Donnie's vessel during the Lelu occupation.© SkeenaWild

Occupation Lelu Island

Occupation Lelu Island

Inside the daily struggle to protect the Skeena from a poorly-planned gas terminal.

The rain pelted down and a low fog hovered over the water as we slowly made our way to northern British Columbia’s Lelu Island on a recent fall day. Known as Lax U’u’la to the Lax Kw-alaams First Nation, the coastal island at the mouth of the Skeena River sits in their traditional territory. Our boat captain, Donnie Wesley (pictured above), is the Lax Kw’alaams Hereditary Chief, a fisherman and now the ferryman to the occupation camp on Lelu where he and a small coalition from local First Nations are reasserting their title to the island. Today, he is ferrying his son Joey, myself and Kim Kosa from Wild Salmon Center, and our partners Kirby Muldoe and Quinn Barabash from SkeenaWild Conservation Trust.

SkeenaWild's Quinn Barabash during the Lelu Island occupation to protect the Skeena
SkeenaWild’s Quinn Barabash in the captain’s cabin as we approach Flora Bank | © SkeenaWild

From the captain’s cabin I can see a 110 ft ocean-going vessel drilling and collecting samples for a proposed Liquefied Natural Gas (LNG) terminal. The $36 billion project led by Malaysian state-controlled Petronas would construct a terminal on top of Lelu Island here at the Skeena’s mouth. The Skeena is one of British Columbia’s most important salmon and steelhead rivers, with annual returns reaching 10 million fish. The eelgrass bed of Flora Bank, next to the island, is used by an estimated 80% of juvenile salmon and steelhead as they migrate to sea each year.

Donnie comes to a stop just hundreds of yards from the vessel. “They couldn’t have put [this project] in a worse possible place,” Donnie says. “It’s right at the mouth of the second biggest salmon-bearing river in British Columbia. Do we really want to give that up?”

The site for the gas terminal was chosen without consulting local First Nations and Skeena communities. Then in May Petronas’ local affiliate offered the Lax Kw’alaams First Nation $1.25 billion to buy their consent on the project. Incredibly, they unanimously voted against the offer, citing concerns about salmon habitat. But the BC government allowed the developers to begin exploratory work anyway. Members of the Lax Kw’alaams decided to file for aboriginal title to the island. They began exercising their aboriginal rights – and moving to prevent further research and development – by occupying the island on August 25. SkeenaWild, a close partner of Wild Salmon Center, has been supporting the Lax Kw’alaams through this difficult but important time.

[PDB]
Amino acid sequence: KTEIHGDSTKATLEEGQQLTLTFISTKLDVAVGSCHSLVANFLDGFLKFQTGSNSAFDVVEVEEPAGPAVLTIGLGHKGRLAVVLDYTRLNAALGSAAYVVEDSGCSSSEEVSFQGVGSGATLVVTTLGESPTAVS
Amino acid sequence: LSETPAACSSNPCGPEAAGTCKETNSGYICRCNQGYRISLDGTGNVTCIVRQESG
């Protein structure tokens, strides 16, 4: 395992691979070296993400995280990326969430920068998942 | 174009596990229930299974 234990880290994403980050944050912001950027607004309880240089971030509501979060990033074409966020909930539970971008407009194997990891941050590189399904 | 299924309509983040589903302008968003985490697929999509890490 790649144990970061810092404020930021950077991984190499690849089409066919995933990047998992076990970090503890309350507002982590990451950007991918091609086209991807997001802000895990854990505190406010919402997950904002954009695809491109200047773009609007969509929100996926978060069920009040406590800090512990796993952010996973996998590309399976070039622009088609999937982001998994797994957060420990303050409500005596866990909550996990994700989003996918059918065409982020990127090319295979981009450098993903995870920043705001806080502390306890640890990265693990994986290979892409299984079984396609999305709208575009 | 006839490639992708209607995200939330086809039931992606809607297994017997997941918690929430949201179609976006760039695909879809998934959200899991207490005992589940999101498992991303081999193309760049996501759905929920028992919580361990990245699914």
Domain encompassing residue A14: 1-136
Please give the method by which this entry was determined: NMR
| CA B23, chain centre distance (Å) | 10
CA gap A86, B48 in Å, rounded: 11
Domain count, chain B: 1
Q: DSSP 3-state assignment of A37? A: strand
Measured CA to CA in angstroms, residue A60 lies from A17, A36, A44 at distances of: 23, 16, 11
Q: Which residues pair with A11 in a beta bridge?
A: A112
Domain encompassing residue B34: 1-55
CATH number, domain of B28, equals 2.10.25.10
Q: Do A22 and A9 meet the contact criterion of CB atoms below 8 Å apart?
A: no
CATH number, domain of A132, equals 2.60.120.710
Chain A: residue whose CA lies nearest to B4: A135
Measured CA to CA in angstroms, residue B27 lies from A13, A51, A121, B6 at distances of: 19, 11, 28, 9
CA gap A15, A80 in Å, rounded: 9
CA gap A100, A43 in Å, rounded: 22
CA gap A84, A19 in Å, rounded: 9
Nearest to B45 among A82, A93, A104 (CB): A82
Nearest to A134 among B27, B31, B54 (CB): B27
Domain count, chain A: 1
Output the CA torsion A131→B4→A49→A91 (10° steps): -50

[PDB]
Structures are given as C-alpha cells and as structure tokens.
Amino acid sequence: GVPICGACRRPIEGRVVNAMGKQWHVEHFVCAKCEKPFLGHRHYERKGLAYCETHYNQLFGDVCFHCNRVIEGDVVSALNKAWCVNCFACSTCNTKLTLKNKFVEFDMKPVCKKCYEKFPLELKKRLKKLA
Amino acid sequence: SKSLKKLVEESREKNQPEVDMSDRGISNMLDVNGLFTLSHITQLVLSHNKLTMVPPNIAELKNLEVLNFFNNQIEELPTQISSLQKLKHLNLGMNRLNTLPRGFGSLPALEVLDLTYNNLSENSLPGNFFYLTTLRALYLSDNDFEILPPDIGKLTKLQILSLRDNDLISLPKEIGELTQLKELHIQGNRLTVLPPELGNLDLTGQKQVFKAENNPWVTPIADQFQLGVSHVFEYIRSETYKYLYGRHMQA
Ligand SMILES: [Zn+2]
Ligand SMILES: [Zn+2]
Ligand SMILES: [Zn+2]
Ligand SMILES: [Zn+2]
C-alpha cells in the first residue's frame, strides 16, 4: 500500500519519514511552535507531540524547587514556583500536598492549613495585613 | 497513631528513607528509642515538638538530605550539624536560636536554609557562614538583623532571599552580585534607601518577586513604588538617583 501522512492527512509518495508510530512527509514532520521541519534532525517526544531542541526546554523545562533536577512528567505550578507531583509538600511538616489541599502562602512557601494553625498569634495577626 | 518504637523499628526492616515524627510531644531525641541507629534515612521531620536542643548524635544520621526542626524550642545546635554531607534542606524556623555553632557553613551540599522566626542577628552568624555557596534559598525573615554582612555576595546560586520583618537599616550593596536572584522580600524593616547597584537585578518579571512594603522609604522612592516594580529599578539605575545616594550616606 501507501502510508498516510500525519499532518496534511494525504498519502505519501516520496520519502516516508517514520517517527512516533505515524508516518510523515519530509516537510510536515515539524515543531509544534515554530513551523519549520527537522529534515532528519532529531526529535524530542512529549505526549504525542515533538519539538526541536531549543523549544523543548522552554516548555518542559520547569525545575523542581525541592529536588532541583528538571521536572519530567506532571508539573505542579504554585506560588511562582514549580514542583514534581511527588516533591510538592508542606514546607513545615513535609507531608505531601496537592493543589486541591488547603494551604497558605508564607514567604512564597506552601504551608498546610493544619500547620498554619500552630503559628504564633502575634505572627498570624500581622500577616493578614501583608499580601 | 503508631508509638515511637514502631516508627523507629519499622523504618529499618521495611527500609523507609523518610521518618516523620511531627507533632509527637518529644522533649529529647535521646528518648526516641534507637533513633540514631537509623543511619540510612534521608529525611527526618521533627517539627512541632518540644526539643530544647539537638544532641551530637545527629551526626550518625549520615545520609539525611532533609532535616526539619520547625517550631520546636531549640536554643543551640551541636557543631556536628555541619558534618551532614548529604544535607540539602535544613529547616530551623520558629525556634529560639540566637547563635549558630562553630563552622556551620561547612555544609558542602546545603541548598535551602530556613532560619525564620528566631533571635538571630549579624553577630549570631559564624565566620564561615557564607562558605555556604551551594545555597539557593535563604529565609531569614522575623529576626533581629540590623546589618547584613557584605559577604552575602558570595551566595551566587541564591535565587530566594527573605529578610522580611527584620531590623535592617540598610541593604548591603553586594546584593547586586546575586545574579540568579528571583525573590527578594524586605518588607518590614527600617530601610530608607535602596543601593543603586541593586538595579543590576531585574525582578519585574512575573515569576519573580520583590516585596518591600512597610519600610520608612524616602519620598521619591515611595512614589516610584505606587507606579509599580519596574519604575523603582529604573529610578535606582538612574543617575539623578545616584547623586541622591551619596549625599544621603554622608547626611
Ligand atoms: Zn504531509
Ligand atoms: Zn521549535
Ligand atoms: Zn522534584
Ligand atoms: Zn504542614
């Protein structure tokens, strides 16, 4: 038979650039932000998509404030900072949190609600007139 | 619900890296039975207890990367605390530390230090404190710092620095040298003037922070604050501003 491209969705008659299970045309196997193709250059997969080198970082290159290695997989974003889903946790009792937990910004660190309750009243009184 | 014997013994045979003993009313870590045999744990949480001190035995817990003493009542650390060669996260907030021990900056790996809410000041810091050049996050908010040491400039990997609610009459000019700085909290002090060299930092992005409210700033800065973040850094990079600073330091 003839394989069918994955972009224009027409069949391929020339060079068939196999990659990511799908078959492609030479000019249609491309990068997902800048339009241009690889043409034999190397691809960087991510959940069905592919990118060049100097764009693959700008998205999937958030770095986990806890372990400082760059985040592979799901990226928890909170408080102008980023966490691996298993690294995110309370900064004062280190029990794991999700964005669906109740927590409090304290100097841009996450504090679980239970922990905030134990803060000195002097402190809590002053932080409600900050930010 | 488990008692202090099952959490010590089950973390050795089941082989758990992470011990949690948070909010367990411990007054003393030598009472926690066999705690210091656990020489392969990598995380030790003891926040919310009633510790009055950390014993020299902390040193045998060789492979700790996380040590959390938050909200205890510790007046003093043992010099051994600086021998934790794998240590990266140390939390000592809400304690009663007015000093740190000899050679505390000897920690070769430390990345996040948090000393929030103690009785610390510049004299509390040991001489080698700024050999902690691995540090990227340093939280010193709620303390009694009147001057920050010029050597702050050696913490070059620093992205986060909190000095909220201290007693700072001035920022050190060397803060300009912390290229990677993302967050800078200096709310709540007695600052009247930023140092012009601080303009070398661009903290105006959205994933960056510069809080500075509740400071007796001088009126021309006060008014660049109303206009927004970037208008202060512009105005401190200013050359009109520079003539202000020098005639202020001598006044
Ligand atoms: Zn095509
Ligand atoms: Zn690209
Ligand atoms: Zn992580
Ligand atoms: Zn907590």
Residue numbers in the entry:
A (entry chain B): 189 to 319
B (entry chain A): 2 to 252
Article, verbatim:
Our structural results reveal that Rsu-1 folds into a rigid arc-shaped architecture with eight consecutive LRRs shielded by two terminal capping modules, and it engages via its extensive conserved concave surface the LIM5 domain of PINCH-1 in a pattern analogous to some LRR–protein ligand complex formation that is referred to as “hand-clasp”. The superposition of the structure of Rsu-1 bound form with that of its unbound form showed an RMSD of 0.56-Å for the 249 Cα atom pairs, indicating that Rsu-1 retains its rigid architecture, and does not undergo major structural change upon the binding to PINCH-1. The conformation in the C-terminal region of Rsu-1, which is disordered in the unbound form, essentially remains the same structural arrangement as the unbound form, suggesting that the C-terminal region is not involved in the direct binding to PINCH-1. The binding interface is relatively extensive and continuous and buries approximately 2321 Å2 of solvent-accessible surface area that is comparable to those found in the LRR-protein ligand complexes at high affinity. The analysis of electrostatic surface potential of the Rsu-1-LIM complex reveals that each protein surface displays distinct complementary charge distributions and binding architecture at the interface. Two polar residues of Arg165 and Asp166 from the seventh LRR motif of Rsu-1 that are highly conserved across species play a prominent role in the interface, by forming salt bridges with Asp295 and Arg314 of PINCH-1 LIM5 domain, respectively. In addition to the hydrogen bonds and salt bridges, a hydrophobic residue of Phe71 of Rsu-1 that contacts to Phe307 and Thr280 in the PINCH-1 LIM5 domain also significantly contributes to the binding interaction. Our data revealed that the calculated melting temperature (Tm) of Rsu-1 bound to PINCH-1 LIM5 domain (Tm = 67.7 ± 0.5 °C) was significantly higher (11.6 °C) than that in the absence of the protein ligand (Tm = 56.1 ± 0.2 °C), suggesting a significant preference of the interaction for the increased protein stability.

LNG vessel collects data for a proposed controversial plan near the Skeena River
A drilling vessel collects samples for a proposed LNG terminal at Flora Banks near the mouth of BC’s Skeena River | © Wild Salmon Center

The camp had humble beginnings with only a lean-to tarp, dirt floor and sleeping bags for its occupants. Hard rains in the early weeks meant wet, sleepless nights for the island’s early occupants. Since then, people from other first nations and local communities have stepped forward to pitch in, contributing tents, lumber, generators, and gear so that it is now positioned to better house its committed crew.
On day 24 of the occupation, our convoy brought over sleeping pads and snacks, including long promised doughnuts from Tim Hortons – a staple of the Canadian diet. The atmosphere there was reserved but hopeful as the Nine Allied Tribes of the Lax Kw’alaams had officially announced Title litigation to Lelu Island just a day before our arrival.  As we scrambled to get items on the makeshift dock and up the muddy hill to the line of tents, I had to wonder how it was for the occupants of the camps who had left their jobs, gave up the comforts of home and family, and generally put their lives on hold. But the only signage on the island, “NO LNG: Our future, our choice,” posted to an old collapsing shed, said it all. As Donnie stated in his first days of occupation, “If you take away the fish, then you take away the people. It’s as simple as that.”

Lelu Occupation No LNG sign
© Wild Salmon Center

“This issue is not just a First Nations issue but one that will affect all British Columbians,” noted SkeenaWild director Greg Knox, “especially those who rely upon healthy and abundant fish stocks, and a variety of species at the mouth of the Skeena River.”As they enter into the fourth month of occupation and the cold chill of winter, I am awed by the dedication of this group of people who boldly stand up for a place and a way of life they have celebrated and fought for for many generations. They continue to make progress on the island with a permanent structure near completion and hopes for additional structures to support visitors.

In early November, First Nations, environmental groups, and the fishermen’s union called on Prime Minister Justin Trudeau to reject the LNG facility. Just weeks later Trudeau directed the Fisheries Minister to place an oil tanker ban on BC’s Coast and take other measures to restore environmental legislation and protect fisheries. While these are hopeful signs, Petronas and its partners have deep pockets and tens of millions already invested in the terminal project at Lelu Island.

The BC First Nations coalition is prepared for a long fight to keep the mouth of the Skeena wild and healthy. And we’ll be right there with them.

Lelu occupation Prince Rupert Sound British Columbia
Donnie’s vessel in Prince Rupert Sound | © Wild Salmon Center
SkeenaWild's Quinn Barabash
SkeenaWild’s Quinn Barabash | © Wild Salmon Center
Lelu Island Occupation
On Lelu Island from left to right: SkeenaWild’s Kirby Muldoe and WSC’s Kim Kosa and Lori Howk | © Wild Salmon Center
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